Arab American Actor Sayed Badreya Hollywood's "terrorists" get makeover in US film. Finding a portrayal of an average Arab or Muslim-American in the media is nearly impossible given the rampant stereotyping of them as terrorists or un-integrated immigrants, but a new movie about daily life in these communities hopes to offer a more realistic view of America’s more vilified citizens.
The movie, American East, is an emotional drama about Arab and Muslim-Americans living in post-9/11 Los Angeles and is written by two Egyptian-Americans who drew on their personal stories of the dramatic change that occurred after the al-Qaeda terrorist attacks.
"The movie is about how things have changed from before 9/11 to after. We just want to say how we feel," Egyptian-born director and co-writer, Hesham Issawi, told Al Arabiya, adding that the events of Sept. 11, 2001 made Americans more aware and curious about Muslims and Arabs.
The story is about family man Mustafa, played by co-writer Sayed Badreya, who opens a Middle Eastern restaurant in Los Angeles with his best friend, who is Jewish, played by Lebanese-American actor Tony Shalhoub.
"It’s a slice of life story, it’s got romance it has humor it has violence it has all of that, it’s not a movie that is just about terrorism," Tony Shalhoub told CNN.
The film tells a story about Mustafa and his family from his children feeling uncomfortable with being Muslim because of the constant suspicion and fear surrounding the faith to him being arrested twice by the FBI and interrogated for sending money back to a charity in the Middle East.
The movie is about how things have changed from before 9/11 to after. We just want to say how we feel
Hollywood oppresses Muslims
Despite attempts to reach the American population, the movie never made it to the big screen and was released on DVD last month.
Hollywood’s rejection of the film for the big screen sparked criticism from Arab-Americans who saw a conspiracy against showing Arabs and Muslims in a positive light.
With all the negative press Arabs and Muslims get in the post-9/11 world, journalist and radio personality Ray Hanania said he was shocked that Hollywood would not allow the Arab community to "clean up its image and portray Arab Americans in a positive light."
"If this had been a terrorism movie, where there were massacring all kinds of people and yelling horrific phrases, it would have been all over the country," Hanania told Al Arabiya.
"The movie presents our cause, our experience, our arguments, our issues in a believable light, I just don’t think there are people that are ready to admit that we are oppressed in this country, people just don’t want to acknowledge a movie that makes that assertion," Hanania said.
Despite the movie's failure to get an airing on the big screen, it seemed to rate highly with customers on Amazon.com.
One viewer who gave it a five-out-of-five rating wrote: "I can't emphasize enough the importance of this film's message which is really about tolerance, understanding and respect. The actors have done a great job in portraying very complex Arab characters who are caught up in the frenzy of post-911 America," N.Joseph wrote.I just don’t think there are people that are ready to admit that we are oppressed in this country, people just don’t want to acknowledge a movie that makes that assertion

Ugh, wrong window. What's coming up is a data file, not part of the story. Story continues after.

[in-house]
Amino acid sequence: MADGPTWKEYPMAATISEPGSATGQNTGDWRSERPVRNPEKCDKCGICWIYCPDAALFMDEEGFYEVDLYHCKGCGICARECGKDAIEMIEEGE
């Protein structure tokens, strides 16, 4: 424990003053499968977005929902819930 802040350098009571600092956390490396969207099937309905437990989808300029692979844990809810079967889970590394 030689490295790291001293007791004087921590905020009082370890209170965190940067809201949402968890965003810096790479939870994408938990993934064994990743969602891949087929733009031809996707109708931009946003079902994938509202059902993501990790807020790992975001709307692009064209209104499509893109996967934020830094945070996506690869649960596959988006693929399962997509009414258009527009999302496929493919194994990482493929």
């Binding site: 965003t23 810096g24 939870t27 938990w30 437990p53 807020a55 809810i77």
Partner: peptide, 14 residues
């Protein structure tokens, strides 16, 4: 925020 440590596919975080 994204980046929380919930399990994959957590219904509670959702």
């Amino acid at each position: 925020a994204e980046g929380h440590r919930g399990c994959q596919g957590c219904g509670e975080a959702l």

The business of money
But both Issawi and the movie's producer Brian Cox denied claims of censorship and said the reason the movie wasn’t aired in mainstream theaters is because the industry is motivated by money rather than altruism.
"I work in the business and I know for a fact this business is motivated by money,” said Issawi. ”If someone thought that they could make money out of this movie, regardless of the what the movie is, they will put it in the theater and make money off it," Issawi said, adding he doesn’t believe that there is a conspiracy to block the movie because of its content.
Nevertheless, Issawi said he had no idea why movie distributors MGM and Fox, who bought the movie, didn’t do a better job in promoting and marketing the movie. He said the companies did not try to promote American East and get it out to theaters.I don’t want to go into the whole discrimination thing so I can live my life but I would rather think that they did do that because they thought they are not going to make money out of it
"I don’t want to go into the whole discrimination thing so I can live my life but I would rather think that they did do that because they thought they are not going to make money out of it" Issawi said, adding that he did not believe in any conspiracy to block the movie, but that decision was a calculation about cold, hard cash.
For Cox it was simply a marketing and economics matter which had nothing to do with the picture.
"I know there are a lot of people who want to say that because it's about Arabs it's not getting distributed," Cox told Al Arabiya. "But I don’t believe that."
"You could've made a film about a lovable terrorist and if it had a potential to make money it would get distributed here (U.S.)," Cox said, adding "in fact probably there has been more acceptance of the picture here than probably there will be in the Middle East.You could've made a film about a lovable terrorist and if it had a potential to make money it would get distributed here
Producer Brian Cox